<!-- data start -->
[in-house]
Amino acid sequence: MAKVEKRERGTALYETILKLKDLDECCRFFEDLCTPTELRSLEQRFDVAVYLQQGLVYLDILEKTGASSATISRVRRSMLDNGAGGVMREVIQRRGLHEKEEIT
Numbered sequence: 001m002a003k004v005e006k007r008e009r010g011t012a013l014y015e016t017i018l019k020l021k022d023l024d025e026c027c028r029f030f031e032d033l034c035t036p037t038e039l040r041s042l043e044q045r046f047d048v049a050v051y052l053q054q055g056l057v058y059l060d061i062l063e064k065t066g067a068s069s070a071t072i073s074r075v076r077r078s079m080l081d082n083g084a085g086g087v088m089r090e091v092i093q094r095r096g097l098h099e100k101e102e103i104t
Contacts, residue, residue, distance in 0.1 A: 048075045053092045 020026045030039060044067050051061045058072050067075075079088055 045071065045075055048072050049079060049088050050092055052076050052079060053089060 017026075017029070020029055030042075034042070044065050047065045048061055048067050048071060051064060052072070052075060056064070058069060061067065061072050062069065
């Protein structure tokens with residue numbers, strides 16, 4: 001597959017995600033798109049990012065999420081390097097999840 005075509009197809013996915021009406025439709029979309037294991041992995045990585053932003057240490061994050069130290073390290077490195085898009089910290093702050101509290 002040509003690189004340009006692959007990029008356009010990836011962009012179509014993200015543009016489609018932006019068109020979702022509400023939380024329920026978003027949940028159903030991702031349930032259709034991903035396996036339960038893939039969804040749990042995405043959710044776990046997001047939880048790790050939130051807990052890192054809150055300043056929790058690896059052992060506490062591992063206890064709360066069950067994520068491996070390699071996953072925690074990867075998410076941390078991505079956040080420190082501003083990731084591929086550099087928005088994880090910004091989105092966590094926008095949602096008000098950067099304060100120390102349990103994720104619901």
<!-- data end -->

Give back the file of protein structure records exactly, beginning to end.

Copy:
[in-house]
Amino acid sequence: MAKVEKRERGTALYETILKLKDLDECCRFFEDLCTPTELRSLEQRFDVAVYLQQGLVYLDILEKTGASSATISRVRRSMLDNGAGGVMREVIQRRGLHEKEEIT
Numbered sequence: 001m002a003k004v005e006k007r008e009r010g011t012a013l014y015e016t017i018l019k020l021k022d023l024d025e026c027c028r029f030f031e032d033l034c035t036p037t038e039l040r041s042l043e044q045r046f047d048v049a050v051y052l053q054q055g056l057v058y059l060d061i062l063e064k065t066g067a068s069s070a071t072i073s074r075v076r077r078s079m080l081d082n083g084a085g086g087v088m089r090e091v092i093q094r095r096g097l098h099e100k101e102e103i104t
Contacts, residue, residue, distance in 0.1 A: 048075045053092045 020026045030039060044067050051061045058072050067075075079088055 045071065045075055048072050049079060049088050050092055052076050052079060053089060 017026075017029070020029055030042075034042070044065050047065045048061055048067050048071060051064060052072070052075060056064070058069060061067065061072050062069065
């Protein structure tokens with residue numbers, strides 16, 4: 001597959017995600033798109049990012065999420081390097097999840 005075509009197809013996915021009406025439709029979309037294991041992995045990585053932003057240490061994050069130290073390290077490195085898009089910290093702050101509290 002040509003690189004340009006692959007990029008356009010990836011962009012179509014993200015543009016489609018932006019068109020979702022509400023939380024329920026978003027949940028159903030991702031349930032259709034991903035396996036339960038893939039969804040749990042995405043959710044776990046997001047939880048790790050939130051807990052890192054809150055300043056929790058690896059052992060506490062591992063206890064709360066069950067994520068491996070390699071996953072925690074990867075998410076941390078991505079956040080420190082501003083990731084591929086550099087928005088994880090910004091989105092966590094926008095949602096008000098950067099304060100120390102349990103994720104619901």